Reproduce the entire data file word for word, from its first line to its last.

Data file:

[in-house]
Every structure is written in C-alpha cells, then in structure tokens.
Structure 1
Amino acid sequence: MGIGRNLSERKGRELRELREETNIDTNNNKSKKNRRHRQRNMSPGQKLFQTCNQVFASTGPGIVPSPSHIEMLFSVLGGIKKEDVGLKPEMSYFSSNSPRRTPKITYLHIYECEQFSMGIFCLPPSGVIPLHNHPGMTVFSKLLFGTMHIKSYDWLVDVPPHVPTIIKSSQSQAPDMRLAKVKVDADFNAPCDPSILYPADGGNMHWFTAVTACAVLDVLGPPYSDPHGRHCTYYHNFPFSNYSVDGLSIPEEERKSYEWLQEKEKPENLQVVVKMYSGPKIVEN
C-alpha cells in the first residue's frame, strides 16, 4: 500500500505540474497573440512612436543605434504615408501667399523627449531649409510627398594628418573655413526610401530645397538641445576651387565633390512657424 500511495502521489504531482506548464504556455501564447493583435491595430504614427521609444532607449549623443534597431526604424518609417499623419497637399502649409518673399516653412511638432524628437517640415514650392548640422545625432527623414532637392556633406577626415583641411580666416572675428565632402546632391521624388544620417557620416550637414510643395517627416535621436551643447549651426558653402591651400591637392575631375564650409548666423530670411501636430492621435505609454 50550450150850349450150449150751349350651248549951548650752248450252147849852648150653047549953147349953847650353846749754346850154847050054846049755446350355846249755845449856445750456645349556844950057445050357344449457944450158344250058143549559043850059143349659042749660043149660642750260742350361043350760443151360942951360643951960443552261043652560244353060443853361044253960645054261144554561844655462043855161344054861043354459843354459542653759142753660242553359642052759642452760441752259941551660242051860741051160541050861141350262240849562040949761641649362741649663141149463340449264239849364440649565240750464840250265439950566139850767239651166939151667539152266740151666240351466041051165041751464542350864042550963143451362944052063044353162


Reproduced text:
[in-house]
Every structure is written in C-alpha cells, then in structure tokens.
Structure 1
Amino acid sequence: MGIGRNLSERKGRELRELREETNIDTNNNKSKKNRRHRQRNMSPGQKLFQTCNQVFASTGPGIVPSPSHIEMLFSVLGGIKKEDVGLKPEMSYFSSNSPRRTPKITYLHIYECEQFSMGIFCLPPSGVIPLHNHPGMTVFSKLLFGTMHIKSYDWLVDVPPHVPTIIKSSQSQAPDMRLAKVKVDADFNAPCDPSILYPADGGNMHWFTAVTACAVLDVLGPPYSDPHGRHCTYYHNFPFSNYSVDGLSIPEEERKSYEWLQEKEKPENLQVVVKMYSGPKIVEN
C-alpha cells in the first residue's frame, strides 16, 4: 500500500505540474497573440512612436543605434504615408501667399523627449531649409510627398594628418573655413526610401530645397538641445576651387565633390512657424 500511495502521489504531482506548464504556455501564447493583435491595430504614427521609444532607449549623443534597431526604424518609417499623419497637399502649409518673399516653412511638432524628437517640415514650392548640422545625432527623414532637392556633406577626415583641411580666416572675428565632402546632391521624388544620417557620416550637414510643395517627416535621436551643447549651426558653402591651400591637392575631375564650409548666423530670411501636430492621435505609454 50550450150850349450150449150751349350651248549951548650752248450252147849852648150653047549953147349953847650353846749754346850154847050054846049755446350355846249755845449856445750456645349556844950057445050357344449457944450158344250058143549559043850059143349659042749660043149660642750260742350361043350760443151360942951360643951960443552261043652560244353060443853361044253960645054261144554561844655462043855161344054861043354459843354459542653759142753660242553359642052759642452760441752259941551660242051860741051160541050861141350262240849562040949761641649362741649663141149463340449264239849364440649565240750464840250265439950566139850767239651166939151667539152266740151666240351466041051165041751464542350864042550963143451362944052063044353162